Having counselled many young people over a period of 25 years, I have come to realise that the main difference between those who are able to save and those who are not boils down to their understanding and practice of deferred gratification ("Got your first pay cheque? Start saving"; June 14).
Admittedly, it has become increasingly challenging to defer gratification, given the very pervasive and persuasive media we are bombarded with daily.
In the famous "marshmallow" experiment which started in the late 1960s at Stanford University, it was found that young children who were able to exercise "deferred gratification" tended to have better life outcomes years later, including better educational attainment, less substance abuse and even better social skills.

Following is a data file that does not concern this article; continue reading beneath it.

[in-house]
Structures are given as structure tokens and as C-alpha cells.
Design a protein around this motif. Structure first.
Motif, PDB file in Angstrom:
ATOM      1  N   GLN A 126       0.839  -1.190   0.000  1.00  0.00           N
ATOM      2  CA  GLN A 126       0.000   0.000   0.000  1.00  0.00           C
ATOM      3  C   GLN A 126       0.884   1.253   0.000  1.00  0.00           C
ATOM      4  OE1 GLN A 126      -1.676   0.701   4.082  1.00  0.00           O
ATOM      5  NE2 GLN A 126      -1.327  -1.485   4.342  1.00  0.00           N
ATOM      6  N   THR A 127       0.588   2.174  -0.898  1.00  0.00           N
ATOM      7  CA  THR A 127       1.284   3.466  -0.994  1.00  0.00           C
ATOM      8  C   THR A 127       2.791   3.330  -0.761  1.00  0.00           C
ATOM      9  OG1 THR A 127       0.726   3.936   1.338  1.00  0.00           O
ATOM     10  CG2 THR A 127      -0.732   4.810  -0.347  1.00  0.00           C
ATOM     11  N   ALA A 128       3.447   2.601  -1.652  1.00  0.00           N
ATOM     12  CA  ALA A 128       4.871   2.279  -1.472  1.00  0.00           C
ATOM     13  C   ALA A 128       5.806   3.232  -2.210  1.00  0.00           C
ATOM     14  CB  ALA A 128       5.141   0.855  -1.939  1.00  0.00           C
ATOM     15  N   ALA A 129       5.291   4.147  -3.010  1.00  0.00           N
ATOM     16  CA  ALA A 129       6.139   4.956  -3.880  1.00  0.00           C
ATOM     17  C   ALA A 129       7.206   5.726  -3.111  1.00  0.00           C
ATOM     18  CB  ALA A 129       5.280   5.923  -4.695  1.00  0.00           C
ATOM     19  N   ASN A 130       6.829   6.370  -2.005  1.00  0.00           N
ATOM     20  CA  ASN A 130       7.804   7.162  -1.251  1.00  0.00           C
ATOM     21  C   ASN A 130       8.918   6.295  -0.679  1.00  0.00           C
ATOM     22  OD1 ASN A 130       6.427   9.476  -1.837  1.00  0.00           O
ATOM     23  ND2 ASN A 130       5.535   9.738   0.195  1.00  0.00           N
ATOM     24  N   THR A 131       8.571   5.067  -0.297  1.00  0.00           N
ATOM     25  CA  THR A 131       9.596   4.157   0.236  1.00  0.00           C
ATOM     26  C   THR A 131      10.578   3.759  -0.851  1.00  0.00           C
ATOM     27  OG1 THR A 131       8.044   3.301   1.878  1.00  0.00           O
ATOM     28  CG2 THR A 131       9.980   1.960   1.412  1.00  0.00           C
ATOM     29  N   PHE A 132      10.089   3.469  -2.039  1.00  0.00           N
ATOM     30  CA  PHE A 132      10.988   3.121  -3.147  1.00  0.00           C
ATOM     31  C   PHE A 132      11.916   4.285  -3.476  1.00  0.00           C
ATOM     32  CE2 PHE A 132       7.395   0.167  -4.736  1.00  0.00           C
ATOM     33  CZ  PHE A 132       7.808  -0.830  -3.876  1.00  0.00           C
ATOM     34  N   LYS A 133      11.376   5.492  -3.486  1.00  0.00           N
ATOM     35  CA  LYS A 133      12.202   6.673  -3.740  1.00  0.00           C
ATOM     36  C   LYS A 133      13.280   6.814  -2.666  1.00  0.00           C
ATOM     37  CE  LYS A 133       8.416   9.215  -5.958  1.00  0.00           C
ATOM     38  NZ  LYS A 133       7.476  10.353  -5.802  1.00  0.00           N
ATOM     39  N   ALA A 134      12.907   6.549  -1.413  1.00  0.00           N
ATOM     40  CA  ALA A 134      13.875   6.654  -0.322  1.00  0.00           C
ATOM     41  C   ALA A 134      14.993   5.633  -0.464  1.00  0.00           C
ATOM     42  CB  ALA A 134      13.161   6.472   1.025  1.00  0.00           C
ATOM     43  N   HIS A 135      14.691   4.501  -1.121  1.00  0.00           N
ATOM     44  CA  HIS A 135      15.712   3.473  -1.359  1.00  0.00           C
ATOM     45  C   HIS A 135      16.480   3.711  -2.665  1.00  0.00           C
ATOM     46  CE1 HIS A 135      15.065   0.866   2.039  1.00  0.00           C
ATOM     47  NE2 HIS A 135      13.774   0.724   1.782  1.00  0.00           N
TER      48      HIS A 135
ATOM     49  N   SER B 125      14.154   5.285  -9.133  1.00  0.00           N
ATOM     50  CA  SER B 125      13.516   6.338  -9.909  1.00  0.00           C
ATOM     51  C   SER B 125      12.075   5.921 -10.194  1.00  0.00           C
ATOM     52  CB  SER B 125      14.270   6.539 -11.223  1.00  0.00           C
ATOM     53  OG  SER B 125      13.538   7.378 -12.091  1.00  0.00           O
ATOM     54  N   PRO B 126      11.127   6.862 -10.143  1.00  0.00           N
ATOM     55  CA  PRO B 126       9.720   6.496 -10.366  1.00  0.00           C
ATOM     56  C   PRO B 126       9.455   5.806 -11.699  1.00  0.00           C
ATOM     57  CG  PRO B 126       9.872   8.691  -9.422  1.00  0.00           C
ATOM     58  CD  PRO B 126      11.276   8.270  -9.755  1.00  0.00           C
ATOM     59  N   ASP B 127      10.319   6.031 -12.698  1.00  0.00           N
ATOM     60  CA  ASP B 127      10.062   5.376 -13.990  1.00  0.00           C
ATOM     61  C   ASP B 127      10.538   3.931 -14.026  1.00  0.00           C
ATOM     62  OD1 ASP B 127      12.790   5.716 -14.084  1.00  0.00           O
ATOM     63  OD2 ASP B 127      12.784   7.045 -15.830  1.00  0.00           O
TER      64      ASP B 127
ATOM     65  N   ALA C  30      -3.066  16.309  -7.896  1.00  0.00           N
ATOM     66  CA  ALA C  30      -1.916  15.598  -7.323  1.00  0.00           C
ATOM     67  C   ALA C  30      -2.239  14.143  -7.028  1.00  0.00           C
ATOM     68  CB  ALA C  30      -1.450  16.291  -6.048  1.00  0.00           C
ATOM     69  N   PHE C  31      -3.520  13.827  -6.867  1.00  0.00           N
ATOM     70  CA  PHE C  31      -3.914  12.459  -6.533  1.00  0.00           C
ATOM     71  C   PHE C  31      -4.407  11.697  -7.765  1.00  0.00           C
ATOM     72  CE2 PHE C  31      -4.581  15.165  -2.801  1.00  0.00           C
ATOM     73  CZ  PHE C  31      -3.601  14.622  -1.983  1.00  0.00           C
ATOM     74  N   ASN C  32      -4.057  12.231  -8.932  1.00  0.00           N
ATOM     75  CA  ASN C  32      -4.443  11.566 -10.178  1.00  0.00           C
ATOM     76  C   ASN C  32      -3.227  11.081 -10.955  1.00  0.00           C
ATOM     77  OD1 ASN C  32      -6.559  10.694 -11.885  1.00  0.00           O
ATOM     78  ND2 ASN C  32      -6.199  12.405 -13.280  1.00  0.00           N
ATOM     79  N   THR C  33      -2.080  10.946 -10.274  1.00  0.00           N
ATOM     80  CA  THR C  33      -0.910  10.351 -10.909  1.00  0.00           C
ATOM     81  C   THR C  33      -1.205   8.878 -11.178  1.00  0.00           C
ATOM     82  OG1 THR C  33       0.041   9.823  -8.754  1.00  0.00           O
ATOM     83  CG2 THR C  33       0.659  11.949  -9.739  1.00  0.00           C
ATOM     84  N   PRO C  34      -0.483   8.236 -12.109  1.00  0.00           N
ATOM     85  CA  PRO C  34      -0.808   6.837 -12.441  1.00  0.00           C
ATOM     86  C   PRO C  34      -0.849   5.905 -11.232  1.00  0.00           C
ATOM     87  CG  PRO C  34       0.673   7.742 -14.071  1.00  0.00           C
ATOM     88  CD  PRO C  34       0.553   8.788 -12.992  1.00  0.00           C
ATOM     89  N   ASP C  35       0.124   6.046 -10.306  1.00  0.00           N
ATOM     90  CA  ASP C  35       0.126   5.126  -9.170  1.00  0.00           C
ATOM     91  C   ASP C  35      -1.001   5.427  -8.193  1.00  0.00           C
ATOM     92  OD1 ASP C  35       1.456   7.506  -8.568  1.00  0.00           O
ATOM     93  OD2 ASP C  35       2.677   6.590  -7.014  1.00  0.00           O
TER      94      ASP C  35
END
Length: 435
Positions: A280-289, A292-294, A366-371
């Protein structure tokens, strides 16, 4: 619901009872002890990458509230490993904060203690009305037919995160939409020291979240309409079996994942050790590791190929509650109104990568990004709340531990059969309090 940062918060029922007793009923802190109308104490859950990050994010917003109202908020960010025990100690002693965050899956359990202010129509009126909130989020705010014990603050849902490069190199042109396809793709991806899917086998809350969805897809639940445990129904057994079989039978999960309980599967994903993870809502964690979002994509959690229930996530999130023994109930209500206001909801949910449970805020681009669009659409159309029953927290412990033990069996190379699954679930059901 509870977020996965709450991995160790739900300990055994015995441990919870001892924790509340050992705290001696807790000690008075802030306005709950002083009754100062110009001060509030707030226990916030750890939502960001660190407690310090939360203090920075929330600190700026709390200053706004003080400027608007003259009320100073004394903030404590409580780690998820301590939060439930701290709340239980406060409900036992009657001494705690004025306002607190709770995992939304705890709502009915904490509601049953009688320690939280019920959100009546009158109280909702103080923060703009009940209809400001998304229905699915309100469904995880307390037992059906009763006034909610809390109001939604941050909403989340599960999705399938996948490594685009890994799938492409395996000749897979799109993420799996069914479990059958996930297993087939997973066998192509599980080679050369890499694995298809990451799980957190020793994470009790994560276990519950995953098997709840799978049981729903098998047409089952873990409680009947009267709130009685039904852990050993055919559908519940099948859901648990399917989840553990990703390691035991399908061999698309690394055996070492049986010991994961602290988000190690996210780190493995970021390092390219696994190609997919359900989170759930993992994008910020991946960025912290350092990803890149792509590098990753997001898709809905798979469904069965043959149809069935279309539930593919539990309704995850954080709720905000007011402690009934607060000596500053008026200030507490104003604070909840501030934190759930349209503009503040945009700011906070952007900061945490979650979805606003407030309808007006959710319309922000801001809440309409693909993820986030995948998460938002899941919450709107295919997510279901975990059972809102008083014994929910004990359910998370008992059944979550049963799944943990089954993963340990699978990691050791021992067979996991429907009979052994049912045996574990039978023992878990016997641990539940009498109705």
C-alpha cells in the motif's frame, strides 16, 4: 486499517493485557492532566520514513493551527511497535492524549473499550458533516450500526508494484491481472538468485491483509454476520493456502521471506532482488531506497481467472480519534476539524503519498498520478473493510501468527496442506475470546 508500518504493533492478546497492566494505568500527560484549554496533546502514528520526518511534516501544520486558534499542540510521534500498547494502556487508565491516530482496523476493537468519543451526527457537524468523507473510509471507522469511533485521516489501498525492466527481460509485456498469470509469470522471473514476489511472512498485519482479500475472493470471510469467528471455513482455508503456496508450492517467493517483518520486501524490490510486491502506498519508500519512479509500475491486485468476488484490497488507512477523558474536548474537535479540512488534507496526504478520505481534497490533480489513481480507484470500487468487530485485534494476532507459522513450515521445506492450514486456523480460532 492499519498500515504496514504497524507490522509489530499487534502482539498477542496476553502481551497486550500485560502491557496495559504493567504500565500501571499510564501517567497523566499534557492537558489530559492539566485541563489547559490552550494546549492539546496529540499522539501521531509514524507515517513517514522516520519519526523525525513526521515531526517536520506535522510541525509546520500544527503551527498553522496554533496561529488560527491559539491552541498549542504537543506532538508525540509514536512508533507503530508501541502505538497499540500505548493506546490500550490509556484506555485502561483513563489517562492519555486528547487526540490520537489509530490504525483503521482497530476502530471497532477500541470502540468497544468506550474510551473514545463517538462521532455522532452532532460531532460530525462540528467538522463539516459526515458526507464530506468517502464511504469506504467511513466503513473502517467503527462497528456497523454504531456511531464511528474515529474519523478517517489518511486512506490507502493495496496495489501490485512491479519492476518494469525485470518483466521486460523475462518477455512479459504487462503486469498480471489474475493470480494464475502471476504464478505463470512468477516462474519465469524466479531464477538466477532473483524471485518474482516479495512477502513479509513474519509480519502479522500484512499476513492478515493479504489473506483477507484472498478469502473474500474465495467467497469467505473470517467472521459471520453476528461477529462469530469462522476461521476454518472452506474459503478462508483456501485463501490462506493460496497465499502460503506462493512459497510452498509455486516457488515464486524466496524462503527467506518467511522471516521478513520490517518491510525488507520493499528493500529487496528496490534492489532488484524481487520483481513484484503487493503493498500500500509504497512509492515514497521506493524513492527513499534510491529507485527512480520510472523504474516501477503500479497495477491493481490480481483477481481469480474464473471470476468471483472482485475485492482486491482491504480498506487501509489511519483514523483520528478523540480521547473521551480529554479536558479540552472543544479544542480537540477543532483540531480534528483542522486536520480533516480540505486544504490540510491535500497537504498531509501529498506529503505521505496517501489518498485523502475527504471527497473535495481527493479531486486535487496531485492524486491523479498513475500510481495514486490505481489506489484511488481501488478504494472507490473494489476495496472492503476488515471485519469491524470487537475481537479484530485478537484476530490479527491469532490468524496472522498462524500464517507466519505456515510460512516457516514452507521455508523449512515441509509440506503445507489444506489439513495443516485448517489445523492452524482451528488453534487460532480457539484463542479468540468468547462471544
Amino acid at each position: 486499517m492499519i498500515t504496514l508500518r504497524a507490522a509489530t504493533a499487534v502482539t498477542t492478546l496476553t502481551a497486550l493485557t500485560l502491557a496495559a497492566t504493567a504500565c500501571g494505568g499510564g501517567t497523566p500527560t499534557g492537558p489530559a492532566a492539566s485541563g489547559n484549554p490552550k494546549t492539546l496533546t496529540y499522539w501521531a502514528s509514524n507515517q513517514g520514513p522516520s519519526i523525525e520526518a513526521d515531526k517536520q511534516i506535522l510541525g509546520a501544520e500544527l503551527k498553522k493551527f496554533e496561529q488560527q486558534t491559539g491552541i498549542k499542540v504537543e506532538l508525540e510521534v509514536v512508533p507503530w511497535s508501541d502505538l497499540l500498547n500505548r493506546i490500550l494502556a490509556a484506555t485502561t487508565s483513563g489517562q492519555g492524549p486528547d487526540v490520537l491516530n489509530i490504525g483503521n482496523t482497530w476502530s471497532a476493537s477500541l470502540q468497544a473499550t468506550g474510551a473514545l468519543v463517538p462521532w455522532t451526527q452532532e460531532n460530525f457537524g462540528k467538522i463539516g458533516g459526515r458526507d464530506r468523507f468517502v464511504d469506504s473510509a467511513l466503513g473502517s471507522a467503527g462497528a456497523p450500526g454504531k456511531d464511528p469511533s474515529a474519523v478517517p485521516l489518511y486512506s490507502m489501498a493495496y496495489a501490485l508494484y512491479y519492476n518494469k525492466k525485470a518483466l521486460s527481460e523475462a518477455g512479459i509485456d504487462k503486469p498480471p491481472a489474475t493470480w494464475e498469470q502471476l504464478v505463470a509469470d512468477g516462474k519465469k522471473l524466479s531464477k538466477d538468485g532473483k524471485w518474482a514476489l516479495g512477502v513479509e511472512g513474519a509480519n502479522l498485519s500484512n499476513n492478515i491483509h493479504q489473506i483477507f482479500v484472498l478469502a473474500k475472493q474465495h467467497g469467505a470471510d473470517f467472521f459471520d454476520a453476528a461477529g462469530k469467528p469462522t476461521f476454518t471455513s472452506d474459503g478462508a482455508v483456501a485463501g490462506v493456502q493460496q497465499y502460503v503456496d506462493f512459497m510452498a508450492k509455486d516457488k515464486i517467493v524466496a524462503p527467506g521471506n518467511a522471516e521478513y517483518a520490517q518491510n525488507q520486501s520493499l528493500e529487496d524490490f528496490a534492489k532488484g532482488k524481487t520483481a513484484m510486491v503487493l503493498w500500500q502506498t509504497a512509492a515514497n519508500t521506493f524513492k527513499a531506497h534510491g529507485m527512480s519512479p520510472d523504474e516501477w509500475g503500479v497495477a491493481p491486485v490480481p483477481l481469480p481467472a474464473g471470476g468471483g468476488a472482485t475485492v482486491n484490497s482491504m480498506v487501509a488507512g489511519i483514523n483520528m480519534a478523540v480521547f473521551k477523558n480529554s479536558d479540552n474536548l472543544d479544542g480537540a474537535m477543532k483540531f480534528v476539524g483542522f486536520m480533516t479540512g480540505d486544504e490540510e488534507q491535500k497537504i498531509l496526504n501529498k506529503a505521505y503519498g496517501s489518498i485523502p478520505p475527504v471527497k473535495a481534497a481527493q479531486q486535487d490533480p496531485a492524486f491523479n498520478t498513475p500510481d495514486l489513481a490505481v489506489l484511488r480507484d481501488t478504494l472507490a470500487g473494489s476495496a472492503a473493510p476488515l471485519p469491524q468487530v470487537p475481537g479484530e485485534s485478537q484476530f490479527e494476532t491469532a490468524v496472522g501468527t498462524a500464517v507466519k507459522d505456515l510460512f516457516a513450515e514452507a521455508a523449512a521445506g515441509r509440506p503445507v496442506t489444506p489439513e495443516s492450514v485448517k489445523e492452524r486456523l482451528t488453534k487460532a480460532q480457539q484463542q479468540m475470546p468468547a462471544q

In separate studies at the University of Rochester, researchers found that while self-control does play a role in decision-making (immediate or deferred gratification), young children's actions are also based on rational decisions about their environment, in other words, their belief in the stability of the world around them.
Interestingly, studies even suggest that children with absent fathers prefer "more immediate rewards over larger but delayed ones".
These studies tend to suggest that what happens in the home can affect a person's attitude towards money, and ultimately his potential for success in life.
In our voluntary community work in providing financial literacy to students from low-income families, we have found that we became successful in getting a good percentage of them to start saving when we started addressing social challenges they faced at home and also the economic benefits they could reap.
Encouraging a nation of savers can have tremendous benefits.
A multi-pronged approach, including practical financial education (even in early childhood), responsible advertising and marketing and even socio-psychological factors need to be considered.
Financial Counselling, Aid and Resilience Education